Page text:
Purpose. The broad aim of this project was to evaluate microneedle technology and iontophoresis for intradermal and transdermal delivery of drugs.
Methods. Microneedle technology was characterized by investigating the formation and closure of microchannels created by soluble and metal microneedles, in vivo, by various techniques including histological sectioning, confocal microscopy, calcein imaging, transepidermal water loss measurements, methylene blue staining and flux studies.
Iontophoresis mediated intradermal delivery of imiquimod was investigated both, in vitro and in vivo. Formulation and iontophoretic parameters were optimized in vitro. In vivo studies were performed in hairless rats to assess the formation and desorption of imiquimod skin depot in skin. Effects of microporation and combination treatment of microneedles and iontophoresis on imiquimod delivery were also studied.
Results. Maltose and metal microneedles effectively created microchannels in hairless rat skin, in a reproducible manner. When exposed to the environment, microchannels closed within 15 hrs for soluble microneedles and pore closure could be delayed for up to 72 hrs by exposing the microporated site to occlusive conditions. Microneedle length had an effect on pore closure times as observed for metal microneedles. Pores closed within 18 hrs for 770 μm long microneedles as compared to 12 hrs for 330 μm long microneedles.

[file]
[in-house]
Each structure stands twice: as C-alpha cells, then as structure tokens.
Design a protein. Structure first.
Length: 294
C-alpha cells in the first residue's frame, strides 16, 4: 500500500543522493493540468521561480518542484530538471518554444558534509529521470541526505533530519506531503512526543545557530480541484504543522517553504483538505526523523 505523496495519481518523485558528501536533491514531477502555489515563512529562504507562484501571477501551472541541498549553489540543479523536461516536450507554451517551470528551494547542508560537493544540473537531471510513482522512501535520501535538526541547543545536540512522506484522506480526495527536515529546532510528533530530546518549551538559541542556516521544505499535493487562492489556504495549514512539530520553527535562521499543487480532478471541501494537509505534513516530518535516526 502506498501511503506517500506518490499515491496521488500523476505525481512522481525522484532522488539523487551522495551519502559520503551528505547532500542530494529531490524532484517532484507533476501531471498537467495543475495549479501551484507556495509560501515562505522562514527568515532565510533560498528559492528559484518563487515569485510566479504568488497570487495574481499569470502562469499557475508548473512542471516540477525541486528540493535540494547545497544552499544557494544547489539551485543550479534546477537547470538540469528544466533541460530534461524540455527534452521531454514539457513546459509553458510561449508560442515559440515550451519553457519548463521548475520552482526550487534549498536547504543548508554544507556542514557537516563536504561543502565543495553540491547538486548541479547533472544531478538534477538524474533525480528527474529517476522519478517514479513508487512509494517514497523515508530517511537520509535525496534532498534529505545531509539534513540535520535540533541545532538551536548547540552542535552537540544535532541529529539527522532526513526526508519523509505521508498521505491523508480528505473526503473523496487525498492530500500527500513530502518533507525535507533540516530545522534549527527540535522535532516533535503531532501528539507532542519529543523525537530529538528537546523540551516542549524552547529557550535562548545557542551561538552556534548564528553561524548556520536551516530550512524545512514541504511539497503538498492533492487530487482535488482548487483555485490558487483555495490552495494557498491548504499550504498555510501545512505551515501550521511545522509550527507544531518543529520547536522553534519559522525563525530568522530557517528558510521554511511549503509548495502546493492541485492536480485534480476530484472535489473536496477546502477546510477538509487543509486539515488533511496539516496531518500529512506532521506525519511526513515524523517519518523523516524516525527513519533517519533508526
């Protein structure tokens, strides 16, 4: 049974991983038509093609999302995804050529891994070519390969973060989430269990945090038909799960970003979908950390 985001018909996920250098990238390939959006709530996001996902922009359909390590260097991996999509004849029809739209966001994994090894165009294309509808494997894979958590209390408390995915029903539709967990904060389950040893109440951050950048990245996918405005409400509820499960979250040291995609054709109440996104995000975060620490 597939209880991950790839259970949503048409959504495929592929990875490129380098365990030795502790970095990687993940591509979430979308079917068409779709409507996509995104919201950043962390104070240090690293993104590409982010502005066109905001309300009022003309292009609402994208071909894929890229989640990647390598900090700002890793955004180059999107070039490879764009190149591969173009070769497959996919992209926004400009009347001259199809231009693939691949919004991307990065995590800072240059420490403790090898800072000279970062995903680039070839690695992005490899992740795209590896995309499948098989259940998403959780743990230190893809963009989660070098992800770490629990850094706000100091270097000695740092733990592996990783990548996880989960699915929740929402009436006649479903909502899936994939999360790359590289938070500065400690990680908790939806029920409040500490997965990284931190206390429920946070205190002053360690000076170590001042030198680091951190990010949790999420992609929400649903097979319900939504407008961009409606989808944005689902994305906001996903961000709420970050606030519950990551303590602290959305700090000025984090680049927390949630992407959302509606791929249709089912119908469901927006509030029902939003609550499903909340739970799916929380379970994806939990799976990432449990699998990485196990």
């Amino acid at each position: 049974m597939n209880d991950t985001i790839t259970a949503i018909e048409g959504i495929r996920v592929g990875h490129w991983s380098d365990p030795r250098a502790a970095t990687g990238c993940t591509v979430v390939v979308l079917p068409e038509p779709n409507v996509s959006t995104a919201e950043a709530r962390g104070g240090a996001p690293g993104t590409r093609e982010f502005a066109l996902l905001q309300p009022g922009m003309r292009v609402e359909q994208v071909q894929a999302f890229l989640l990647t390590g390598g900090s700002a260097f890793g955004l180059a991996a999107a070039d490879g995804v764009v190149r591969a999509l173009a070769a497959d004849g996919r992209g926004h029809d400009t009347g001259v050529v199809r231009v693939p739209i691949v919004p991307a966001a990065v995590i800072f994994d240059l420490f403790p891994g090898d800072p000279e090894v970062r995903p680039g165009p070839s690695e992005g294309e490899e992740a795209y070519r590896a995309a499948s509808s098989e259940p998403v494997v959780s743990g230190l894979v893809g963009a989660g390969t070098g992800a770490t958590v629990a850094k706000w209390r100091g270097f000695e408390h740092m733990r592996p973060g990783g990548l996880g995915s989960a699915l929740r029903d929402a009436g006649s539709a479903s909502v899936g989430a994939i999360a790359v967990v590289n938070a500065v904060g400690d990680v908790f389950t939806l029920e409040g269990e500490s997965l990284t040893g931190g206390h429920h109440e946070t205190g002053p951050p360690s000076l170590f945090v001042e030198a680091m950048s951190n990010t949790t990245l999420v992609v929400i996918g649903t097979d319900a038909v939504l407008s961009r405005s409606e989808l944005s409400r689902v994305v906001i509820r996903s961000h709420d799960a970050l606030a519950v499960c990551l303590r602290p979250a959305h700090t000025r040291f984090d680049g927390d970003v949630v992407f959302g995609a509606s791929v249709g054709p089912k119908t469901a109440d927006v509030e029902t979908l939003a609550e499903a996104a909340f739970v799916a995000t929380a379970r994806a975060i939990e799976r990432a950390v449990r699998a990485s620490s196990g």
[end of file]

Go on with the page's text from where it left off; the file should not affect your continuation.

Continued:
Iontophoresis treatment increased permeation levels of imiquimod into skin. Increasing the drug load in the donor formulation resulted in a direct increase in drug delivery. Iontophoresis, microporation and combination treatment, all resulted in comparable levels and enhanced imiquimod delivery into skin as compared to passive conditions. Imiquimod formed a depot in the skin for all treatment conditions which depleted over a period of several days, thereby allowing prolonged delivery.
Conclusion. Microneedle technology is a very appealing enhancement method for drug delivery due to the reversible nature of pore formation in skin. Pore closure can be controlled by introducing occlusive conditions in the transdermal system.
Iontophoresis enhanced imiquimod delivery into skin. Imiquimod formed a depot in the stratum corneum layer of skin which depleted over a period of 72 hrs. Iontophoresis, microneedles and combination treatment of microneedles and iontophoresis resulted in comparable levels indicating the feasibility of developing enhancement mediated transdermal systems for controlled delivery of imiquimod into skin.